For example, I buy some shares of a company and if that company goes bankrupt, the government can probably help me get back the money. You may remember people lost a lot of money when the Global Trust Bank collapsed. But the government could intervene and people got their deposits back.
But in the case of crypto, if people were to invest and then lose money, and if big financial institutions were to invest and then lose the money, the government will not have any control. And this can impact the economy and the government in terms of balancing their current account deficits.
The chances of such a thing happening are very less. But if it goes to very huge levels and if something goes really wrong in cryptocurrency, it can result in financial instability and thus impacting the economy, like the financial crisis of 2008.
That’s why I said, what is required now is transparency. The government does not have confidence in crypto because it is not transparent.
Will the plan of prohibiting private players in the crypto field, and only the RBI coming out with a currency, work?
No. The Centre is seriously considering the Cryptocurrency Bill with a progressive approach. The crypto community is contesting the Bill stating that the absence of a definition of private crypto in the Bill gives arbitrary powers to the state.
Let’s be honest. India needs a cryptocurrency exchange like Japan which is regulated by a financial services authority.
A blanket ban on private crypto as proposed by the legislation is a bad idea.
You create a financial services authority with people who have some knowledge about crypto to regulate it. You should involve private players also.
Now the argument of the authorities is that crypto is beyond the control of the State and central bank control. So, you feel with a financial services authority to monitor, there will be some control?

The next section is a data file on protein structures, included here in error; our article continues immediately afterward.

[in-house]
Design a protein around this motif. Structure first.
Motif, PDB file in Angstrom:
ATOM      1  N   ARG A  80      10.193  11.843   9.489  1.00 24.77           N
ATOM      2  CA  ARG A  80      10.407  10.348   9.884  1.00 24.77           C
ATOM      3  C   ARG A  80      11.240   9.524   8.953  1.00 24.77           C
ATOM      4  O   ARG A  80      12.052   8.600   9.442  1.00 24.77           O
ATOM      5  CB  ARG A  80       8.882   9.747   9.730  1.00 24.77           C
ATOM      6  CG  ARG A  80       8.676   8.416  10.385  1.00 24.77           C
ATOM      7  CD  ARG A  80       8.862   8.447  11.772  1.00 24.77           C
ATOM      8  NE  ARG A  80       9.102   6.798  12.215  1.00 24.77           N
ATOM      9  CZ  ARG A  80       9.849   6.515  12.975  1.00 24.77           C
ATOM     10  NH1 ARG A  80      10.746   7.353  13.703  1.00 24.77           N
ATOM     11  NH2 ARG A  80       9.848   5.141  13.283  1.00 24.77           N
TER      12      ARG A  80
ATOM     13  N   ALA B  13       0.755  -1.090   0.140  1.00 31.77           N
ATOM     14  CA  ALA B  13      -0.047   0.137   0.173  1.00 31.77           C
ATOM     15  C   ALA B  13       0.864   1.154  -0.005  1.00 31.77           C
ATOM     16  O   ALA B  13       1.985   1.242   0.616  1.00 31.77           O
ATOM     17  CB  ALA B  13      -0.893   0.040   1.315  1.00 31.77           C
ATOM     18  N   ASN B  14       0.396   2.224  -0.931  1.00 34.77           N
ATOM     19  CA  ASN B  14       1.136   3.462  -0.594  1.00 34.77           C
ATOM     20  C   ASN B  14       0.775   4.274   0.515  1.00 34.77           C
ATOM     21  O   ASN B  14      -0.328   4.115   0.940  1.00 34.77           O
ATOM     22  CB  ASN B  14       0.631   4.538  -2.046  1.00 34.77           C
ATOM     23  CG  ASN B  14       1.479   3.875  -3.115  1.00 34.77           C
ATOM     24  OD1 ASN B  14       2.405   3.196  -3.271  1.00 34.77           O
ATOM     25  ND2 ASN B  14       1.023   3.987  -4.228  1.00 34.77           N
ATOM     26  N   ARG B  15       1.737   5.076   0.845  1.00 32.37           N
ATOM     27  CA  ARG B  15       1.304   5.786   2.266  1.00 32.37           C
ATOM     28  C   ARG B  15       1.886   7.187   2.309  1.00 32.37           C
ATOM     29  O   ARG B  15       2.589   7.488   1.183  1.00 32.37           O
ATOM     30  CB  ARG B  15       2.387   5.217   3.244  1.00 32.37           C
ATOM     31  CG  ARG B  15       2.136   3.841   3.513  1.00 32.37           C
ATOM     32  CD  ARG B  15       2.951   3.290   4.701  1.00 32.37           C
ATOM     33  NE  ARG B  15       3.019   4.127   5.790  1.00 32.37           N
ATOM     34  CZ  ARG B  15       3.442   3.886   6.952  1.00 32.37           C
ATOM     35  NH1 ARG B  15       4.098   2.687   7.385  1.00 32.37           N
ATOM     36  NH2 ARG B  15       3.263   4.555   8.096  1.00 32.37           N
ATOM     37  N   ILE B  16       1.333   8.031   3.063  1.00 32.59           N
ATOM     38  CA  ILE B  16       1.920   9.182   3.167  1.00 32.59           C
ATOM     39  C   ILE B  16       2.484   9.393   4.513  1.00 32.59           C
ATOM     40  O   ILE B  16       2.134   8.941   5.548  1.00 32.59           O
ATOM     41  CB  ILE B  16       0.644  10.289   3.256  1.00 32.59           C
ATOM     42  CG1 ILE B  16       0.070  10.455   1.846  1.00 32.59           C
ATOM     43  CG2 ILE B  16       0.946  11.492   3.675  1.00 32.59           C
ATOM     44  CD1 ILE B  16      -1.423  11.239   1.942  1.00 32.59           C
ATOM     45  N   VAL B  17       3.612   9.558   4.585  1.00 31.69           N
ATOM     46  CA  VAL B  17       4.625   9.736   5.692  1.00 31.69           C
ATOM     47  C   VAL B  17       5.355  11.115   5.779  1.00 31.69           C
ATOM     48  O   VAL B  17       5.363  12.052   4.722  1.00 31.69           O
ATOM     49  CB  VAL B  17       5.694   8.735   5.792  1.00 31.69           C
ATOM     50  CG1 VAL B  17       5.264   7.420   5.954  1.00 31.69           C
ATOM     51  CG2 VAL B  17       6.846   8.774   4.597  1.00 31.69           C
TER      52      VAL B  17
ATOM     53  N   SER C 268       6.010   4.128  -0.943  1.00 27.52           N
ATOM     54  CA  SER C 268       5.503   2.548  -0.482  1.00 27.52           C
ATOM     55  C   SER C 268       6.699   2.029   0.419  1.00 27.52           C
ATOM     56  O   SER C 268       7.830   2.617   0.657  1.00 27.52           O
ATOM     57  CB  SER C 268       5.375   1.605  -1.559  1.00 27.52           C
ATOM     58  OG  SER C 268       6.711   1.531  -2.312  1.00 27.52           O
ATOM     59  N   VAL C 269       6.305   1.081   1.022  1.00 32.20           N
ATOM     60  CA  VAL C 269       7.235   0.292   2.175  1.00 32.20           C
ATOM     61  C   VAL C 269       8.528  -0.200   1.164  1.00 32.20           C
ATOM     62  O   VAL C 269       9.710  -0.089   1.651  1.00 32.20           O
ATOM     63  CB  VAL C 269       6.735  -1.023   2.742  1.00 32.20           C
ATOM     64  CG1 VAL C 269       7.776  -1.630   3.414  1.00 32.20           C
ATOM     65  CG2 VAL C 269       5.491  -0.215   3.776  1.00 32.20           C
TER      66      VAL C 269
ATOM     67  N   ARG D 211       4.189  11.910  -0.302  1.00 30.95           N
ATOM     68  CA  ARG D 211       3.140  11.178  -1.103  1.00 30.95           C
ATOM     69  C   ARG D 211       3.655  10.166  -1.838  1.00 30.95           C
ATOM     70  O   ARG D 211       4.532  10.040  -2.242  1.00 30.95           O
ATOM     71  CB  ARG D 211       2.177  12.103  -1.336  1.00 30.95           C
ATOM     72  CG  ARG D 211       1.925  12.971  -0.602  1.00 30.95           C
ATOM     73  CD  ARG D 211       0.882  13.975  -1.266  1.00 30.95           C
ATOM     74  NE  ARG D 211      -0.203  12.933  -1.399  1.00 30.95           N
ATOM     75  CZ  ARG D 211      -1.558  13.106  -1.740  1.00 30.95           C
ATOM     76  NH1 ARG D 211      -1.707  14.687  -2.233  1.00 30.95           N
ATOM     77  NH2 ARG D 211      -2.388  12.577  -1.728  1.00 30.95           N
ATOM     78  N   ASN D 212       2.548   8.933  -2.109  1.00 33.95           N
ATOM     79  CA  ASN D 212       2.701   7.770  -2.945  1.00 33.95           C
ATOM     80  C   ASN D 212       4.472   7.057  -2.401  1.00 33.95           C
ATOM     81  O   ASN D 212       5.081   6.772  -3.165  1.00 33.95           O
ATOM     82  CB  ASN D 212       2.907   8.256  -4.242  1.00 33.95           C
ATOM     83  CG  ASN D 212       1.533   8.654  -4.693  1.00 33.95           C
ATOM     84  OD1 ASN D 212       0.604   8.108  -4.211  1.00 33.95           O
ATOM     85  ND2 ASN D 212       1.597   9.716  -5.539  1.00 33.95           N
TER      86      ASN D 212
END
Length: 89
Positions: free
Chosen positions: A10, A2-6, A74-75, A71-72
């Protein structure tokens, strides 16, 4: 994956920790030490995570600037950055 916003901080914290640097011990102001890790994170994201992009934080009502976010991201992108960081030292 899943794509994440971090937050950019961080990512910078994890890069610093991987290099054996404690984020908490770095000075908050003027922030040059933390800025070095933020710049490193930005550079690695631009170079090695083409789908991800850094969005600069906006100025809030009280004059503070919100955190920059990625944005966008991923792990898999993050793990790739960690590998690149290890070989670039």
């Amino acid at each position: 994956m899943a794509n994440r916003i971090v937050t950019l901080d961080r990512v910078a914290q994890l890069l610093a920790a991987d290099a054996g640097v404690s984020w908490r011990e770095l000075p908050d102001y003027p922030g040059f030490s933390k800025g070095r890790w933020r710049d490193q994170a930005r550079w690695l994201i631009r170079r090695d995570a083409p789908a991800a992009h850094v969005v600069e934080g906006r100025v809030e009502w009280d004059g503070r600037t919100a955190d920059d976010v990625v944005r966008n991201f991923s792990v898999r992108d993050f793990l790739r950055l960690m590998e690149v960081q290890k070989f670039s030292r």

Yes. Once you establish a crypto exchange, it can mind its own crypto currencies, it can have initial coin offerings, and this will lead to a new asset class in India.
When you have a crypto exchange, it will help people to invest in India.
The prime minister was of the opinion that crypto would spoil the youth of India, and you have around 100 million crypto owners in India…
See, the prime minister is advised by some committees as his responsibility is to look at the welfare of the people of India.
At the same time, I would say we should not let go of this opportunity. Using the prime minister’s Made in India initiative, we should create our own crypto exchange and crypto currency. This way, you can leverage the market.
You mean like Bitcoin which is so popular globally…
Exactly. If you want, you allow Indians to mine our own crypto currency rather than going to a foreign crypto.
When you have the highest number of crypto owners in the world…
Yes, that’s why I am saying, let’s leverage the market.
Why do you think young people are the major investors in crypto? Is it because they are more technology savvy?
You have to first understand that people are making huge money in crypto. You have to also understand that the new generation does not want to let go of any opportunity to make money.
Wherever there is higher risk, there is higher profit. And youngsters tend to leverage that risk.
Mind you, Generation Z are risk takers! They are young and they have a different mind-set. They don’t mind playing and losing money.
What kind of future do you see for crypto in India and globally?
I think crypto is going to stay. It will continue to be there whether India bans it or not.
If you find a buyer for your crypto in another country, you still sell and leverage.
India should start leveraging rather than banning crypto. India should start thinking about having its own crypto exchange and crypto currency. Let people trade that currency.
Some people say if India let go of this opportunity, it will miss the technology bus once again. Do you think so?
That’s why I say that we should not over-regulate this. If you over-regulate this, you are making people invest elsewhere which will only create greater risk for that investment.
You are saying, crypto will be there and it is not a bubble that will burst soon?
Crypto has come to the limelight now because the valuation of Bitcoins has increased.
But I am aware of this from 2017. I have seen my BBA students in Gujarat doing bitcoin trading even then.
Crypto is not a bubble and it is going to be there in the future as well.
*Kindly note the image has been posted only for representational purposes.
Feature Presentation: Ashish Narsale/Rediff.com